With Wilsonville's bowlers, it is all about steady improvement
When Wilsonville's boys bowling team headed down to Klamath Falls to participate in the state bowling tournament on the weekend of Feb. 23, it was to compete against and avenge last years defeat to the reigning state champions, Mazama High School. Ultimately coming up short in their bid for a rematch, the Wildcats still improved in the standings, finishing third out of 16.
Boys bowling coach Mick McMahon was proud of the work his bowlers put in, and was glad to see them rise to the occasion.
"Every single one of the kids more than rose to the stresses," McMahon said. "The former owner of Wilsonville Lanes, JP Muller, lives in Klamath Falls now. He came out and watched, and I showed him the average sheet, and he said, 'There's no way, these kids are all performing so far over their averages.' It was an incredible experience to be part of the chemistry of that team."
Wilsonville also had the highest score of the tournament, a 265, which requires nine strikes out of 10 frames. Considering the teams qualifying average was 187 pins, it was quite the step up. They also upped their average in the finals.
"During the finals, and the finals were 10 games, they averaged 201.8 (pins)," McMahon said. "You need to understand, there's only one 200 average bowler on the team, that's Trevor Johnson. Mike Church is at 197. We have a 170 bowler, a 160 bowler, and then two guys in the 140's. So averaging 201 under stress…I don't think I've ever been more happy as a coach."
The boys team fell to ultimately fell to Liberty High School, but to hear McMahon tell it, they enjoyed all aspects of the championship. Be it competing, socializing after hours, or making late night ice cream runs, the team enjoyed itself.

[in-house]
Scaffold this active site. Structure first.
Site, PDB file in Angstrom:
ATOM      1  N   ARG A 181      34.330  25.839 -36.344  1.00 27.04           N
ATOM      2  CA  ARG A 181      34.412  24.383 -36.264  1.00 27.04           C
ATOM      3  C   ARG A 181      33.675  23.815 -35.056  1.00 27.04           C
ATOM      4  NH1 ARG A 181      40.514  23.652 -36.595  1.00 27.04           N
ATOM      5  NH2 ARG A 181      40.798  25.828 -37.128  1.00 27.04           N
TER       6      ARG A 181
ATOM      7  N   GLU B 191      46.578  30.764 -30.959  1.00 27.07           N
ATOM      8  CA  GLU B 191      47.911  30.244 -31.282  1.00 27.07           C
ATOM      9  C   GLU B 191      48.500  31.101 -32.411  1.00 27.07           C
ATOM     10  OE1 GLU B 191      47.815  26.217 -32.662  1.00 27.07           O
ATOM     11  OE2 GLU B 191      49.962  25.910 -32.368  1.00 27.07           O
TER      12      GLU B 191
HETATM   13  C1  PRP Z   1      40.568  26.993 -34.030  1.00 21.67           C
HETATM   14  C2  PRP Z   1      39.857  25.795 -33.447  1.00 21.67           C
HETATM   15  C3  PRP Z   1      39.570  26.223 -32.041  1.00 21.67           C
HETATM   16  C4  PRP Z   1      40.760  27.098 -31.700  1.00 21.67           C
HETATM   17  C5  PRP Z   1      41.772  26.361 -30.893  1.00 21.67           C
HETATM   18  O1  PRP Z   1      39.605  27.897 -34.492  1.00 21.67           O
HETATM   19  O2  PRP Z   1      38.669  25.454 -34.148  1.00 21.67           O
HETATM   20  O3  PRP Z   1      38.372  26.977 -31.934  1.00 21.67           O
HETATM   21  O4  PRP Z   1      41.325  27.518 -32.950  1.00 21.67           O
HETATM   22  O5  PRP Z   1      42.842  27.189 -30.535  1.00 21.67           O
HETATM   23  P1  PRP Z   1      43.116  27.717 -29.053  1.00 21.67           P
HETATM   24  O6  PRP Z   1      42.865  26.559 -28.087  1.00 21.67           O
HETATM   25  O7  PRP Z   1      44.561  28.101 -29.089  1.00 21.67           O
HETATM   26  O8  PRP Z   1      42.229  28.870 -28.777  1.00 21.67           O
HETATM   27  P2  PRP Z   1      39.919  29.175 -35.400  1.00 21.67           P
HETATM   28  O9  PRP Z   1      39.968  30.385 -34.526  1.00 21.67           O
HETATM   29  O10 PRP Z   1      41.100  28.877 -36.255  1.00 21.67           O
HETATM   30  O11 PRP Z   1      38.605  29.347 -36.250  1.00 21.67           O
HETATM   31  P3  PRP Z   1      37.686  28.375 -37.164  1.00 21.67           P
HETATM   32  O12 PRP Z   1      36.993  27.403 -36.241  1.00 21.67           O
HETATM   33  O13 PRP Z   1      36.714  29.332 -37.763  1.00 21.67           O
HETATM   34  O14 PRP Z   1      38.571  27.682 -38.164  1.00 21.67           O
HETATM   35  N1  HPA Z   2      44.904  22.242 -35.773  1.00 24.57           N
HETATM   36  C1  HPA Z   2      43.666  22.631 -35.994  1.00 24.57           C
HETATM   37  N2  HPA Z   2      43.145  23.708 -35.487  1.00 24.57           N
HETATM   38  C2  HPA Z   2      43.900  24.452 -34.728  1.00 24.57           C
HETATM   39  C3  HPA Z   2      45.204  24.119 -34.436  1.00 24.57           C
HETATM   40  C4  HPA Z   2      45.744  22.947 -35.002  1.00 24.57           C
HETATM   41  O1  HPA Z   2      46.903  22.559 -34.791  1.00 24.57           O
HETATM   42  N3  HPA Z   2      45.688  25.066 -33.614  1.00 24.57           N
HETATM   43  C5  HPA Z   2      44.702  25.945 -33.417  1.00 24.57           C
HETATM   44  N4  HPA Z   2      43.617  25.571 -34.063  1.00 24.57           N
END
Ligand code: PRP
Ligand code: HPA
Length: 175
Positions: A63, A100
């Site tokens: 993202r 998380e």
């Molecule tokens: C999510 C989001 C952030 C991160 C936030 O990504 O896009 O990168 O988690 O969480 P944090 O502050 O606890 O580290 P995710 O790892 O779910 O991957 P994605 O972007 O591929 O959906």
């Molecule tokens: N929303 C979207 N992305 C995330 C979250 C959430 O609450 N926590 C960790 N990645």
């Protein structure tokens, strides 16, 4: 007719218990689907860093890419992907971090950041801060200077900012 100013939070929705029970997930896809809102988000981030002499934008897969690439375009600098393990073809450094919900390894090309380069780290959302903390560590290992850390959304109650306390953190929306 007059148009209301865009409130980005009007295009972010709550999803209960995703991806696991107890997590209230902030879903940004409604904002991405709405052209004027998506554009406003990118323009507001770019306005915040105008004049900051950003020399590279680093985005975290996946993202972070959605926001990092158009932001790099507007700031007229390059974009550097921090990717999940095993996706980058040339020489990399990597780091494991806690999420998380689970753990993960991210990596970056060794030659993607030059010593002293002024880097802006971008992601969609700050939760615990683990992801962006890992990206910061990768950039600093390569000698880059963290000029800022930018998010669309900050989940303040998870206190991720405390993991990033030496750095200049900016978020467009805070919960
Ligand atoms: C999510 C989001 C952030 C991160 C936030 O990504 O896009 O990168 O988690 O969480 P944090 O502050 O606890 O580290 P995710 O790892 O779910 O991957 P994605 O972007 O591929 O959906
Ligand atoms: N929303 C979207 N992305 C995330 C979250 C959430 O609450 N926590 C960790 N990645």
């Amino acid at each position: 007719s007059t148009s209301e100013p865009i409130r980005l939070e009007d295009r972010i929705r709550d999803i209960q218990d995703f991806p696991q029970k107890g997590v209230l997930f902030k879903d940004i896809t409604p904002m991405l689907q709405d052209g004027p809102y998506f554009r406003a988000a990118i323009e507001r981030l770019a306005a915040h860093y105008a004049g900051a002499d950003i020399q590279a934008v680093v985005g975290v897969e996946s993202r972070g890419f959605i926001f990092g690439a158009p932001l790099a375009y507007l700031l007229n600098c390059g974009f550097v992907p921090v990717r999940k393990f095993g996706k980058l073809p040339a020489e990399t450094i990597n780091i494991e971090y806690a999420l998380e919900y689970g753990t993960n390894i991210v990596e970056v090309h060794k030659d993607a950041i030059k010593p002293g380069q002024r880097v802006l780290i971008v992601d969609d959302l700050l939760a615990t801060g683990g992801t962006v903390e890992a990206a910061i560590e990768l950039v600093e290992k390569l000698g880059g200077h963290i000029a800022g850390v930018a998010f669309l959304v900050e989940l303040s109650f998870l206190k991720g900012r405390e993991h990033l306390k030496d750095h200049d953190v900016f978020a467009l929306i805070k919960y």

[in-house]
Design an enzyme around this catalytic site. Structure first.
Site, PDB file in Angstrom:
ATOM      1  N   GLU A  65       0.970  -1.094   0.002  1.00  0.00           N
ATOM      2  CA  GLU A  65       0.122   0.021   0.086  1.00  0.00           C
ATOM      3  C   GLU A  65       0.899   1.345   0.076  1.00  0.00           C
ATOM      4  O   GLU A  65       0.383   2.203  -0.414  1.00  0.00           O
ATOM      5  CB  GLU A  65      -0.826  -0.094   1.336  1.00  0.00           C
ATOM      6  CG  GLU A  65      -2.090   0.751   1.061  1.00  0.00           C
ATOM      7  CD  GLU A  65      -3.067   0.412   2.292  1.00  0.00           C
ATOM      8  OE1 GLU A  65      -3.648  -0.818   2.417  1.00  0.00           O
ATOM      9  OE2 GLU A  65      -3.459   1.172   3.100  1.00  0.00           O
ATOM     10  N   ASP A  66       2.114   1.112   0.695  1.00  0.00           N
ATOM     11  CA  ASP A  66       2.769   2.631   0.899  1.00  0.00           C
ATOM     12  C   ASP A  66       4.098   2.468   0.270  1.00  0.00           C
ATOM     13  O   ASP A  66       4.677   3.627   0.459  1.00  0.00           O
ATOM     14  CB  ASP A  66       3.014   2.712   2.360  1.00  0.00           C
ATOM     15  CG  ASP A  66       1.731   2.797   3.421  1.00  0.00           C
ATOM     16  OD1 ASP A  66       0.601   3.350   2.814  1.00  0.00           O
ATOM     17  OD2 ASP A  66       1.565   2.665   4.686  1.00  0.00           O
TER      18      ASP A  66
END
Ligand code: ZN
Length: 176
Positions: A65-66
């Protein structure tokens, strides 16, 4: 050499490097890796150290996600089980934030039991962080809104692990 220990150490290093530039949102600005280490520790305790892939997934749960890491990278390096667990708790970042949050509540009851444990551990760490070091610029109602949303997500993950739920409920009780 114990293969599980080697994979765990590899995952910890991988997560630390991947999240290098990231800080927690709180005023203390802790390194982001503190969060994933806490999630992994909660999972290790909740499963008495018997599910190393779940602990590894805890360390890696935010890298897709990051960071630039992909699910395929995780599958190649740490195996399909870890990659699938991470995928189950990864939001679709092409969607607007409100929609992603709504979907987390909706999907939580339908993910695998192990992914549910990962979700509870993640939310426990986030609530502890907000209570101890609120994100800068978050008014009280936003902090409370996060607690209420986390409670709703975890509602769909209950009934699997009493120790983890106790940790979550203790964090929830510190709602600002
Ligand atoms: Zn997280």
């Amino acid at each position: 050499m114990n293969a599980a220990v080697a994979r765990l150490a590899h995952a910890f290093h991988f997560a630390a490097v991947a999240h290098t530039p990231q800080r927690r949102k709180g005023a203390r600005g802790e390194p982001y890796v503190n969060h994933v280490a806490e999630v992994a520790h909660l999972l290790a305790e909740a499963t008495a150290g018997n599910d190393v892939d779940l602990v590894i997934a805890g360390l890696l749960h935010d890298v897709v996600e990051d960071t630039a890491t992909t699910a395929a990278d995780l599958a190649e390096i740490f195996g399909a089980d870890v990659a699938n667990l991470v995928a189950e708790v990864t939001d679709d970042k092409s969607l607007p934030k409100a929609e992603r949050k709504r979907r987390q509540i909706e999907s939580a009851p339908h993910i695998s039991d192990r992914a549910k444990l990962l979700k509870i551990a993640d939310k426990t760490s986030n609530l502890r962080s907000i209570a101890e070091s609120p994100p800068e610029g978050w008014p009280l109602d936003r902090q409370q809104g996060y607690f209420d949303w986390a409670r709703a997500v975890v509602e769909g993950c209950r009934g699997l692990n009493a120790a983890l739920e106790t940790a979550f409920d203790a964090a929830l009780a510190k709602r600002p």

Wilsonville also fielded a girls team for the first time this year. In it's first year of existence, the new program placed 15 out of 16 in qualifying, and finished in last place at the state championships.
Girls coach Jeff Combs is proud of where they ended their season considering that a lot of his bowlers are new to competition.
"I'm not disappointed at all," Combs said. "That's pretty much where you're going to start out in your first year. Honestly, a lot of teams in their first year never see state. That's quite the feather in their cap to start with."
When Combs looks forward, he sees his team doing even better if they continue to improve at the same pace as this year.
"I have great expectations for them," Combs said. "They're very enthusiastic, and we bowled 10 weeks this year. That's a big leap from where we started. Next year we take the same leap, and we have a very good possibility of finishing halfway up in the standings at state out of 16 teams or even better if they have any epiphanies. There's a lot of potential there."